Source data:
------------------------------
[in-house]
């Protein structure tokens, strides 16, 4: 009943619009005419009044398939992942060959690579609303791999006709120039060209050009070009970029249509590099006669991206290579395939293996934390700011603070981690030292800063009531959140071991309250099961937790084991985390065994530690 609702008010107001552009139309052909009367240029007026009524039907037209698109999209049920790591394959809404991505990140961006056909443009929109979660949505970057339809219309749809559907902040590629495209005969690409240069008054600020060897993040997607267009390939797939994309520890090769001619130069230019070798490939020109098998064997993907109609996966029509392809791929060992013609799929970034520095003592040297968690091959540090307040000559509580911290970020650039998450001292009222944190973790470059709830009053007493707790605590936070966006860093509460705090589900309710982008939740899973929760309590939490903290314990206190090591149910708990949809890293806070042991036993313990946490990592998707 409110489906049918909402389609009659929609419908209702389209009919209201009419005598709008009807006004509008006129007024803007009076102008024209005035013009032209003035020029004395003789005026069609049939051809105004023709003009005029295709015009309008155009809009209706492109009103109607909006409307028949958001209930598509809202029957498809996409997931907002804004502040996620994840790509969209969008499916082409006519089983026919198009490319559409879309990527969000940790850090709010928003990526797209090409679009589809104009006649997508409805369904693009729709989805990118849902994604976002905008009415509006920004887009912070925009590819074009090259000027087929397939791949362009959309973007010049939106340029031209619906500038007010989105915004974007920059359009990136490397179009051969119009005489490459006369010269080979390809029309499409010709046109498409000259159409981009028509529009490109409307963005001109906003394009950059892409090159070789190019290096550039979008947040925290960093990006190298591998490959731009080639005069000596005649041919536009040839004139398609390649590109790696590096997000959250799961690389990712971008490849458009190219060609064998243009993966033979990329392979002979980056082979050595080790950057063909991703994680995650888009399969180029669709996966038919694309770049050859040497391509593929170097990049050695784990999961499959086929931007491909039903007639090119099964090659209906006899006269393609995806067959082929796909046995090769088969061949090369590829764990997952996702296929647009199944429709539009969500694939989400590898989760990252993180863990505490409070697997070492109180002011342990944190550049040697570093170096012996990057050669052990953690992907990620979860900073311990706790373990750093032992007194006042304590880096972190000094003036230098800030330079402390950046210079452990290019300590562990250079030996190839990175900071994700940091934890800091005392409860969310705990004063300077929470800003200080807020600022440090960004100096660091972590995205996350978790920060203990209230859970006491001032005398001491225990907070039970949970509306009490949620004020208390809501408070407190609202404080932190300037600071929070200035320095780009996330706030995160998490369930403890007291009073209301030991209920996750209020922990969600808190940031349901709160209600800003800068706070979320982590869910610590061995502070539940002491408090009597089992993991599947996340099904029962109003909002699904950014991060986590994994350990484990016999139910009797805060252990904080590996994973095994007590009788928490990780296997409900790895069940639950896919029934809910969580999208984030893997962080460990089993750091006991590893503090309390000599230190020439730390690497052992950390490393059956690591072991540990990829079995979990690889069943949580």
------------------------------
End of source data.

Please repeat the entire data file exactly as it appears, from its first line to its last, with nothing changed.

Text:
[in-house]
């Protein structure tokens, strides 16, 4: 009943619009005419009044398939992942060959690579609303791999006709120039060209050009070009970029249509590099006669991206290579395939293996934390700011603070981690030292800063009531959140071991309250099961937790084991985390065994530690 609702008010107001552009139309052909009367240029007026009524039907037209698109999209049920790591394959809404991505990140961006056909443009929109979660949505970057339809219309749809559907902040590629495209005969690409240069008054600020060897993040997607267009390939797939994309520890090769001619130069230019070798490939020109098998064997993907109609996966029509392809791929060992013609799929970034520095003592040297968690091959540090307040000559509580911290970020650039998450001292009222944190973790470059709830009053007493707790605590936070966006860093509460705090589900309710982008939740899973929760309590939490903290314990206190090591149910708990949809890293806070042991036993313990946490990592998707 409110489906049918909402389609009659929609419908209702389209009919209201009419005598709008009807006004509008006129007024803007009076102008024209005035013009032209003035020029004395003789005026069609049939051809105004023709003009005029295709015009309008155009809009209706492109009103109607909006409307028949958001209930598509809202029957498809996409997931907002804004502040996620994840790509969209969008499916082409006519089983026919198009490319559409879309990527969000940790850090709010928003990526797209090409679009589809104009006649997508409805369904693009729709989805990118849902994604976002905008009415509006920004887009912070925009590819074009090259000027087929397939791949362009959309973007010049939106340029031209619906500038007010989105915004974007920059359009990136490397179009051969119009005489490459006369010269080979390809029309499409010709046109498409000259159409981009028509529009490109409307963005001109906003394009950059892409090159070789190019290096550039979008947040925290960093990006190298591998490959731009080639005069000596005649041919536009040839004139398609390649590109790696590096997000959250799961690389990712971008490849458009190219060609064998243009993966033979990329392979002979980056082979050595080790950057063909991703994680995650888009399969180029669709996966038919694309770049050859040497391509593929170097990049050695784990999961499959086929931007491909039903007639090119099964090659209906006899006269393609995806067959082929796909046995090769088969061949090369590829764990997952996702296929647009199944429709539009969500694939989400590898989760990252993180863990505490409070697997070492109180002011342990944190550049040697570093170096012996990057050669052990953690992907990620979860900073311990706790373990750093032992007194006042304590880096972190000094003036230098800030330079402390950046210079452990290019300590562990250079030996190839990175900071994700940091934890800091005392409860969310705990004063300077929470800003200080807020600022440090960004100096660091972590995205996350978790920060203990209230859970006491001032005398001491225990907070039970949970509306009490949620004020208390809501408070407190609202404080932190300037600071929070200035320095780009996330706030995160998490369930403890007291009073209301030991209920996750209020922990969600808190940031349901709160209600800003800068706070979320982590869910610590061995502070539940002491408090009597089992993991599947996340099904029962109003909002699904950014991060986590994994350990484990016999139910009797805060252990904080590996994973095994007590009788928490990780296997409900790895069940639950896919029934809910969580999208984030893997962080460990089993750091006991590893503090309390000599230190020439730390690497052992950390490393059956690591072991540990990829079995979990690889069943949580």